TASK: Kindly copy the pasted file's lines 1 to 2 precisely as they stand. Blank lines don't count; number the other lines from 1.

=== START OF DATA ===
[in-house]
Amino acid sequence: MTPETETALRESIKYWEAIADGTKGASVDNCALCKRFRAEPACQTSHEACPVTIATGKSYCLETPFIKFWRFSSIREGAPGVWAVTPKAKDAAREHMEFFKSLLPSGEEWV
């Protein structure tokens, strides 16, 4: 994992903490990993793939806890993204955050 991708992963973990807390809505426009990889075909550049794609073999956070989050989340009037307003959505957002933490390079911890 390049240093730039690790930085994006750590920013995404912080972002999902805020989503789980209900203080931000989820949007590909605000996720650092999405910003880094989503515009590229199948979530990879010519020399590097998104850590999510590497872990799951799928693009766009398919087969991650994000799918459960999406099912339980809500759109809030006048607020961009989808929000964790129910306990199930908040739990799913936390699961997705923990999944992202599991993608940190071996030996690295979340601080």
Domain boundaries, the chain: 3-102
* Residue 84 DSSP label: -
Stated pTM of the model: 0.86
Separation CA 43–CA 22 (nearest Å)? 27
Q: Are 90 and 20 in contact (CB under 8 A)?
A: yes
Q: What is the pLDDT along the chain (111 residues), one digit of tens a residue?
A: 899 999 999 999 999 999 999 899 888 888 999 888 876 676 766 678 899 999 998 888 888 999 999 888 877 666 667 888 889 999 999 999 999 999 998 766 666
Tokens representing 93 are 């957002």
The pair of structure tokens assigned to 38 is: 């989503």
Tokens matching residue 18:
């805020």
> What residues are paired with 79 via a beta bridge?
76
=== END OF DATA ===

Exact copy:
[in-house]
Amino acid sequence: MTPETETALRESIKYWEAIADGTKGASVDNCALCKRFRAEPACQTSHEACPVTIATGKSYCLETPFIKFWRFSSIREGAPGVWAVTPKAKDAAREHMEFFKSLLPSGEEWV